Motorola's Guide Me app is also handy inclusion for first time users. It runs you through basic tutorials that cover general usability, apps, calls and contacts, settings, and messaging and calendar details. It includes an interactive, step-by-step guide with highlighted screen taps and instructions.

Performance, camera, battery life

Smaller phones usually mean downsized performance but that certainly isn't the case on the Motorola RAZR M. While it isn't as butter smooth as more expensive models like the Samsung Galaxy S III 4G and the Samsung Galaxy Note II, the RAZR M is relatively fast and responsive straight out of the box.

The RAZR M is powered by a 1.5GHz dual-core processor and 1GB of RAM, the same internals used in the larger RAZR HD. Like that model, we didn't experience any regular lag or slowdown during day-to-day use but there are still some basic elements in Google's Ice Cream Sandwich software that aren't as smooth as both iOS and Windows Phone platforms. As an example, opening and closing the app draw, swiping through widget heavy home screens and scrolling in the Chrome browser sometimes offers a visible stuttering animation. We expect this and many other small issues to be ironed out once the RAZR M is updated to Jelly Bean in early 2013.

The Motorola RAZR M is a 4G compatible phone in Australia and it's exclusively sold by Telstra. We managed to achieve download speeds of up to 36Mbps when testing the RAZR M, but data speed and performance will depend on a number of factors including location, network congestion and time.

The Motorola RAZR M has an 8-megapixel camera with single LED flash. The camera app itself is both slick and fast, with minimal time between photos if you are quick on the shutter button. We love the fact you can use the external volume keys as zoom buttons, and you can even set the volume buttons to act as a shutter key, if you wish.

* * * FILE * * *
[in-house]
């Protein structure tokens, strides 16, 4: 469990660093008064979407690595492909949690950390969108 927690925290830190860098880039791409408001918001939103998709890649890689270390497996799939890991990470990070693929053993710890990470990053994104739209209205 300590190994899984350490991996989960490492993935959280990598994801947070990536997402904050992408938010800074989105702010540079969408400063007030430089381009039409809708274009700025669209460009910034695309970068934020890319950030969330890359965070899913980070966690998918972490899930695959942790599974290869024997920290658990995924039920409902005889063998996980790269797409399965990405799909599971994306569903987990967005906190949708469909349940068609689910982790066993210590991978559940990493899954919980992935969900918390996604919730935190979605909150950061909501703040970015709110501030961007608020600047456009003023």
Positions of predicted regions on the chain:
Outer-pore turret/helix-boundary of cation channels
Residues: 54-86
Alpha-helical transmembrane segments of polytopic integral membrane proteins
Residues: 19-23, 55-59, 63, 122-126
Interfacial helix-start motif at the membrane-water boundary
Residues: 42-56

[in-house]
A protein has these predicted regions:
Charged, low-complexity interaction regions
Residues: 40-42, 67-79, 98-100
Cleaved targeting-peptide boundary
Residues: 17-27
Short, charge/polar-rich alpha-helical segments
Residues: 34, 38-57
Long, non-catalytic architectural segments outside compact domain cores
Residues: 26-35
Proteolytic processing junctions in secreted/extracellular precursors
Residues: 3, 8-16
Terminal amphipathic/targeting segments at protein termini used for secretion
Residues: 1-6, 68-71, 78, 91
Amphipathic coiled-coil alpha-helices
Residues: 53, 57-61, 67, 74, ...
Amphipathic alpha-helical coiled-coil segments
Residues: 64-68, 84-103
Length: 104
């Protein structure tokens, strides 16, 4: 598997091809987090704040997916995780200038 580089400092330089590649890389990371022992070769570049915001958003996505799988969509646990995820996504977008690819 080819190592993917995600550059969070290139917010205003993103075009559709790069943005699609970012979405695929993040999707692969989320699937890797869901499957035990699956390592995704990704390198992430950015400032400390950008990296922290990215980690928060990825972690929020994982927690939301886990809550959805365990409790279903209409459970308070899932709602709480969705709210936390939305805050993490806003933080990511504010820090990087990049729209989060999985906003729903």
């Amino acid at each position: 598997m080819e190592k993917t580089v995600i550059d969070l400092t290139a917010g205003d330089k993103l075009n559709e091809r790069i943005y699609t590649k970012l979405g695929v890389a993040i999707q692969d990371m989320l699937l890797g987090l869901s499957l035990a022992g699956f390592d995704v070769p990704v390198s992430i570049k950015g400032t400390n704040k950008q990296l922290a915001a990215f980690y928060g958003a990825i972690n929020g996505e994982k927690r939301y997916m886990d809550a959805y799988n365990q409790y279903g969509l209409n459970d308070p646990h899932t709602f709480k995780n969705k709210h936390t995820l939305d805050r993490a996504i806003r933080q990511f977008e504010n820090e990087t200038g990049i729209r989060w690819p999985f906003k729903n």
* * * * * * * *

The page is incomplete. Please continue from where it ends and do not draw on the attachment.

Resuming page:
Images don't quite stack up to the top camera phones on the market, but the RAZR M's camera can capture decent quality photos with good detail levels. We found macro shots difficult to capture as the lens wouldn't always focus on close subjects. Low light photography is also below average and colour reproduction was often dull.

The RAZR M's camera also doubles as a full HD 1080p video recorder and the quality is decent for a smartphone with good detail and a sharp image overall. The video recorder features some interesting settings including a time lapse mode and a wind reduction mode that aims to eliminate noise when recording in windy conditions. Images and videos can be saved on the 8GB of internal memory or an on optional microSD card.

Battery life on the Motorola RAZR M is about what you should expect from a modern day smartphone. With constant use, the RAZR M almost lasted a full day but often fell short. However, it should push most moderate users through a day of use before requiring a charge. 4G connectivity appears to be the biggest battery drainer. If you're constantly in a 4G coverage zone expect the battery to drain fairly quickly, though it's fairly power efficient when in standby.

The Motorola RAZR M is available exclusively through Telstra stores and online in Australia.